Help yourself

It’s a bit ironic that I’ve become friends with a fellow tester only when she was about to leave the company. We still get to have dinner occasionally and I get to find out about the training and learning activities her new company offers. For instance, she’s got some training lined up on Perl. They also have book reviews with the costs for the books and for reading them shouldered by their company. I think the last book they’ve read was on scrum which I find interesting since I would like to have some experience with Agile methodologies. Their upcoming book for review is on Agile testing, which made me blurt out, “by Lisa Crispin?” and just left me with my mouth agape. Lucky lucky lucky!

As for where I work, well, the last official training I received was way back in 2007. It wasn’t even testing-related. It was an upgrade training on CMMI version 1.2. Some books on software development and testing were purchased last year (or was it the year before). We don’t have time allowances for reading them though. You can, but it would just have to be on your own time. That’s fine, but only if the workload and schedules given to you afford for you to have your own time.

Anyway, the lack of training offered isn’t — and shouldn’t be — an excuse for turning stale. It sucks if you aren’t provided training to keep you up-to-date. But it will still be your fault if you let that stop you from picking up new things altogether. With social media on the rise, one can turn to blogs and testing networks for materials. Web sites covering Agile methodologies, offering programming lessons, giving testing tips also abound. Online shopping has also made it possible to buy books from overseas, but it’s just too heavy on the wallet.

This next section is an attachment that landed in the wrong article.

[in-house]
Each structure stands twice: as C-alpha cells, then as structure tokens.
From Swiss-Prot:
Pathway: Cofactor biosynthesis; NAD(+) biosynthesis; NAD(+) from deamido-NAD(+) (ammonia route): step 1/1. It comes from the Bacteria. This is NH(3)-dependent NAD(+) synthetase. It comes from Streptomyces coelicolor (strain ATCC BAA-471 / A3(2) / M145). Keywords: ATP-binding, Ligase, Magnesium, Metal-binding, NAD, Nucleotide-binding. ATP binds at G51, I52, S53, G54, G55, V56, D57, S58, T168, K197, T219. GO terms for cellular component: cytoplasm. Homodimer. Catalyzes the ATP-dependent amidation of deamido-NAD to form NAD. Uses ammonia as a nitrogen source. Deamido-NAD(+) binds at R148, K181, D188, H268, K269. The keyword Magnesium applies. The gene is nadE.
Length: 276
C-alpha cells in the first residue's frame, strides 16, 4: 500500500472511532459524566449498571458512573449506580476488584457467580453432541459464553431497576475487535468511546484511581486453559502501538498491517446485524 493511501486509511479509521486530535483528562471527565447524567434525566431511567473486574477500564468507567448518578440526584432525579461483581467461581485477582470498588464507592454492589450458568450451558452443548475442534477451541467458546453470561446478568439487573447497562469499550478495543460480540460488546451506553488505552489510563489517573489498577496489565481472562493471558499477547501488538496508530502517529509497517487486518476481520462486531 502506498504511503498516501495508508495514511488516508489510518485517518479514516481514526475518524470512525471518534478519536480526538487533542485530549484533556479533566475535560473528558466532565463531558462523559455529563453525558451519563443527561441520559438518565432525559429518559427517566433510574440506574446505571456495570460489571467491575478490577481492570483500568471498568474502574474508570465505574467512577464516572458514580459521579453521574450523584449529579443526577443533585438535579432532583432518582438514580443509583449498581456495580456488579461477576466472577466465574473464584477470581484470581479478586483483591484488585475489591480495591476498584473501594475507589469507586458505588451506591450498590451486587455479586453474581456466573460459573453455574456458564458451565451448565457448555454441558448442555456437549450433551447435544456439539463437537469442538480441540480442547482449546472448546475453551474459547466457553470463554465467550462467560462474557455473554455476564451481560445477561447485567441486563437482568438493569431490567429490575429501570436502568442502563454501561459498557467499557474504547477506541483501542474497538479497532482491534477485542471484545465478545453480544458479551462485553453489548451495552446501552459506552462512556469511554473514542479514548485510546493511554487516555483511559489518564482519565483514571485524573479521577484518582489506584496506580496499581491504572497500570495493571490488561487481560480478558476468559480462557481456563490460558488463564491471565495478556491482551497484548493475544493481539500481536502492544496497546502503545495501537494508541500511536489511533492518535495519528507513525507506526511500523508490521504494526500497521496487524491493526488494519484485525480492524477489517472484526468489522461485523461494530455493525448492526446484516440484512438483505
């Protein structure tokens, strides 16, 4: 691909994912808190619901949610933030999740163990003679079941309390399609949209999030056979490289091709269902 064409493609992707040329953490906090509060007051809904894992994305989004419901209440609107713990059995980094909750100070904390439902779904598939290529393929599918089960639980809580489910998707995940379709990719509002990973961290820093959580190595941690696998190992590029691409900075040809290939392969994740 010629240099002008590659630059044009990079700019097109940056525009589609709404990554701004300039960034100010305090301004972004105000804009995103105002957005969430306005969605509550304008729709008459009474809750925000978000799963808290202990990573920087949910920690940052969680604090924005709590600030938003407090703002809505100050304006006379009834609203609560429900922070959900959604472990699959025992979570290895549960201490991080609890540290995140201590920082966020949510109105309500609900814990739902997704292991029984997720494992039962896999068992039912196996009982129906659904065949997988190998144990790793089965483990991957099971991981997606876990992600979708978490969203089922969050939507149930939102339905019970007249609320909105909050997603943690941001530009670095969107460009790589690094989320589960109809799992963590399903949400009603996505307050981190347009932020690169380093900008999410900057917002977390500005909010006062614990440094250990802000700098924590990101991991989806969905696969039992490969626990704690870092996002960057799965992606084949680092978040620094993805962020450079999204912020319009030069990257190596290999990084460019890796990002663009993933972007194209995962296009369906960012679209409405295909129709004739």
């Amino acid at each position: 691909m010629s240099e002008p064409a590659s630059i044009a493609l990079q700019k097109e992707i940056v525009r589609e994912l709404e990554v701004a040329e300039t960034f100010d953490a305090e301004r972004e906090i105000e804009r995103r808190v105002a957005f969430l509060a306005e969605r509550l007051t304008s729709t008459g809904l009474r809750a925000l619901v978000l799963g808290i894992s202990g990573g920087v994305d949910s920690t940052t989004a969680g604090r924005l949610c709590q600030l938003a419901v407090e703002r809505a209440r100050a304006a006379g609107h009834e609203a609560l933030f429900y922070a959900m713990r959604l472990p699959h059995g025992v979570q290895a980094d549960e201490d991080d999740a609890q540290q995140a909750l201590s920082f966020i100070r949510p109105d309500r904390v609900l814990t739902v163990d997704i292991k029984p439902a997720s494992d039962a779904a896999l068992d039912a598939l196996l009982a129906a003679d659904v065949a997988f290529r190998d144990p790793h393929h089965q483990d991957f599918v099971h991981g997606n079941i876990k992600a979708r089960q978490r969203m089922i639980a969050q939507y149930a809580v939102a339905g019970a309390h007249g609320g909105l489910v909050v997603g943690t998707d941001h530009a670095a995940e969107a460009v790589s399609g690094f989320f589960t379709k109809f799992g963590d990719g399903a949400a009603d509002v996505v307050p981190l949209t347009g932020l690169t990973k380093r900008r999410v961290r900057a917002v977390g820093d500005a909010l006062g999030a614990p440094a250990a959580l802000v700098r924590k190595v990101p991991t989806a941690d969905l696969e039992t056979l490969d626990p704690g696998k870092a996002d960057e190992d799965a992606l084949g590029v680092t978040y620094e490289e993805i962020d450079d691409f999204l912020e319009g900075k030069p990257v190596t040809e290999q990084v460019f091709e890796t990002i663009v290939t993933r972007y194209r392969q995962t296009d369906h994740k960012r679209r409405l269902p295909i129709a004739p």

Unavoidably, there are things that impede or limit us — financial constraints, lack of time, no internet at work, lack of available training (although this one’s expected to change soon), etc. But what is important is that we don’t limit ourselves. We can learn if we want to. We can train ourselves. We can seek mentorship outside the confines of our workplace. The potential to grow is there.

Quite aptly, I received a text message from my friend: Obstacles don’t have to stop you. If you run into a wall, don’t turn around and give up. Figure out how to climb it, go through it, or work around it.

One thought on “Help yourself

  1. Pingback: On responsibility, integrity, contribution « testkeis

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